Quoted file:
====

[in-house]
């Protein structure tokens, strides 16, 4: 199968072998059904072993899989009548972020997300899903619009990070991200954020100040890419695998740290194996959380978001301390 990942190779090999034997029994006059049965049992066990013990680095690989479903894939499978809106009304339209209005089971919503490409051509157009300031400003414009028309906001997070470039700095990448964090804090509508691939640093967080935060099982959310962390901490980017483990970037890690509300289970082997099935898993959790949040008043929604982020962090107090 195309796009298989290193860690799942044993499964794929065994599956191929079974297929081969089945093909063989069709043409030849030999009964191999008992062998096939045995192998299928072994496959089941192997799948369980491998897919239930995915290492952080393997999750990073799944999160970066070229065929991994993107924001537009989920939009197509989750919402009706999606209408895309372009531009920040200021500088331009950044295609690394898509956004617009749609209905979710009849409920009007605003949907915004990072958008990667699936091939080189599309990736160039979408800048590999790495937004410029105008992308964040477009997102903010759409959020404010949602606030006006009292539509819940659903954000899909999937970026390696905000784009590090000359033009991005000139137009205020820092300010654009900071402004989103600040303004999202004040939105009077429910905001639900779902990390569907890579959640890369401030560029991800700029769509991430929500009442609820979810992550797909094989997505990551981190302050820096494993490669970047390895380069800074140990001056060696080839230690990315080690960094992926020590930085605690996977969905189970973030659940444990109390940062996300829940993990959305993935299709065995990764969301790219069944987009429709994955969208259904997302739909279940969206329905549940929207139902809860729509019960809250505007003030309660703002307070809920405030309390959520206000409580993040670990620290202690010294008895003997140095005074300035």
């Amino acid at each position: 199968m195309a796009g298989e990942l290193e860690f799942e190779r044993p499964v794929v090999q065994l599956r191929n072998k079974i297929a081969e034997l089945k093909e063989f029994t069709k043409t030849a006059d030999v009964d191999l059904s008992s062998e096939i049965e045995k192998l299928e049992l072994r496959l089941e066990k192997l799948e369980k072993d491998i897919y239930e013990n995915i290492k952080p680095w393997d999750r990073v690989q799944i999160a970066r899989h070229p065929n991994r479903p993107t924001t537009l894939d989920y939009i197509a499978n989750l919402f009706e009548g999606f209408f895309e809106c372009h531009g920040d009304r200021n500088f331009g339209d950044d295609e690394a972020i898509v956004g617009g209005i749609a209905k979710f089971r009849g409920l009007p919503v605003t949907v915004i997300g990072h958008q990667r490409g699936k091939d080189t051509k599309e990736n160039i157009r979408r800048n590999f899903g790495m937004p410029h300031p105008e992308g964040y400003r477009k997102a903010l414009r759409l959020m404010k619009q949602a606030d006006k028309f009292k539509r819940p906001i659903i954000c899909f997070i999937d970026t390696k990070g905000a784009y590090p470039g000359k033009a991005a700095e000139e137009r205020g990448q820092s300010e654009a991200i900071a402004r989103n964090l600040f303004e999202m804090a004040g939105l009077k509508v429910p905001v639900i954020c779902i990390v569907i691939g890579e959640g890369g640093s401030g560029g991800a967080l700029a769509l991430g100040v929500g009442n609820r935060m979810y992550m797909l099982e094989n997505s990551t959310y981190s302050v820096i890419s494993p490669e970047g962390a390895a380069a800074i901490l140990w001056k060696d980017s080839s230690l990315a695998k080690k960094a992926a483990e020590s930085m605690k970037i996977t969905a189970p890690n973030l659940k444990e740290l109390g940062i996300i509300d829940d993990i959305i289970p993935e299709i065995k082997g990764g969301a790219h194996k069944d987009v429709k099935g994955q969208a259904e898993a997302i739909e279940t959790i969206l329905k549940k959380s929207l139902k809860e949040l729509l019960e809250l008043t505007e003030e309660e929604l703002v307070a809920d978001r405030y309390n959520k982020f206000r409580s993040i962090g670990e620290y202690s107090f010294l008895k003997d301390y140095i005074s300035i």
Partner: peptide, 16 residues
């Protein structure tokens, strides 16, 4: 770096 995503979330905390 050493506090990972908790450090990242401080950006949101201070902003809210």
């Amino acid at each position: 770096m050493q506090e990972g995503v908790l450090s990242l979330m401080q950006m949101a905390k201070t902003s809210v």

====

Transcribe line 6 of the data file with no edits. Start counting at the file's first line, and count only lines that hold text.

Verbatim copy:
């Amino acid at each position: 770096m050493q506090e990972g995503v908790l450090s990242l979330m401080q950006m949101a905390k201070t902003s809210v």